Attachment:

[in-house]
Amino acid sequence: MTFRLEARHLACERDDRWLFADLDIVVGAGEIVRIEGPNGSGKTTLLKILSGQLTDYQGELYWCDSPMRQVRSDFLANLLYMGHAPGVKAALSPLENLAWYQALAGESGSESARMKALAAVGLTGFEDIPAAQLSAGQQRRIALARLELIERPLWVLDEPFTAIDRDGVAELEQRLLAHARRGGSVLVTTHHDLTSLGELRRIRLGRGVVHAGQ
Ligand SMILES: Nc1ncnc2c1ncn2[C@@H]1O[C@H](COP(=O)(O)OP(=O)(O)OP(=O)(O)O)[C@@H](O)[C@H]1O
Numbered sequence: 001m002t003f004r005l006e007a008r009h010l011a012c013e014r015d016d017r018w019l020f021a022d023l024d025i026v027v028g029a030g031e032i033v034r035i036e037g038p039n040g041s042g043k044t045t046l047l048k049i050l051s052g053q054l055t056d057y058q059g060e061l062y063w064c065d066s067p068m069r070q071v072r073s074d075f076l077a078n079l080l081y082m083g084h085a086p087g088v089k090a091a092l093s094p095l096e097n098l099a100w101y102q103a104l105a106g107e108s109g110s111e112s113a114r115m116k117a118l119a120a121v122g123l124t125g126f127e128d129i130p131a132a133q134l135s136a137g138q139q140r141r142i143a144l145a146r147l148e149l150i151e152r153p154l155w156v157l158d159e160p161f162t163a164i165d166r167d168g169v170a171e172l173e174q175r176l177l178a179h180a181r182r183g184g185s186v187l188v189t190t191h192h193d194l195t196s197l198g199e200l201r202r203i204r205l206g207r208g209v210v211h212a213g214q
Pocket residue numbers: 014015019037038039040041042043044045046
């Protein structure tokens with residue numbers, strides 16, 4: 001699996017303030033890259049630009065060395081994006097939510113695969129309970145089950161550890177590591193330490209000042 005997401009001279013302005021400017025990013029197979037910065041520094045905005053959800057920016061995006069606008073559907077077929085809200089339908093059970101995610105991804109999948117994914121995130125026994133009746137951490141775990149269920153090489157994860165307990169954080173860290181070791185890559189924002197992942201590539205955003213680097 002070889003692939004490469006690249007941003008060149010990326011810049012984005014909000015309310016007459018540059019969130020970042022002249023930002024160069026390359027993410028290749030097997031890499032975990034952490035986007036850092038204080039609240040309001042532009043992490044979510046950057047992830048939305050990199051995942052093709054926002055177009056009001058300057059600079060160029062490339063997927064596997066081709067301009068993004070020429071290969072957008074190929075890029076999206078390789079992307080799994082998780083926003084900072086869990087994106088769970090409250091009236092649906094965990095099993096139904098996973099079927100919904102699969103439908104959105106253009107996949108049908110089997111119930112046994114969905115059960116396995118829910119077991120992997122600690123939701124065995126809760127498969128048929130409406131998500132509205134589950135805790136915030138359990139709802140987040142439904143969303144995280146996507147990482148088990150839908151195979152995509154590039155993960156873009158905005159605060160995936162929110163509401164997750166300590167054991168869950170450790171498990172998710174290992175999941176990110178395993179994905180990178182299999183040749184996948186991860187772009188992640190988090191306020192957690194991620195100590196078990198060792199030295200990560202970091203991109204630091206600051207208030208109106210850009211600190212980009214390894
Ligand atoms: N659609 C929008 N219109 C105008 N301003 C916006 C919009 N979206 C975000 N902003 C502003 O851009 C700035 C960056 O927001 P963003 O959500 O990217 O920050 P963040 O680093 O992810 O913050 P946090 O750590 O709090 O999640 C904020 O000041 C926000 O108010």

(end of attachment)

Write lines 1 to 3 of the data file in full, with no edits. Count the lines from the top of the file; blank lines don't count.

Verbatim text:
[in-house]
Amino acid sequence: MTFRLEARHLACERDDRWLFADLDIVVGAGEIVRIEGPNGSGKTTLLKILSGQLTDYQGELYWCDSPMRQVRSDFLANLLYMGHAPGVKAALSPLENLAWYQALAGESGSESARMKALAAVGLTGFEDIPAAQLSAGQQRRIALARLELIERPLWVLDEPFTAIDRDGVAELEQRLLAHARRGGSVLVTTHHDLTSLGELRRIRLGRGVVHAGQ
Ligand SMILES: Nc1ncnc2c1ncn2[C@@H]1O[C@H](COP(=O)(O)OP(=O)(O)OP(=O)(O)O)[C@@H](O)[C@H]1O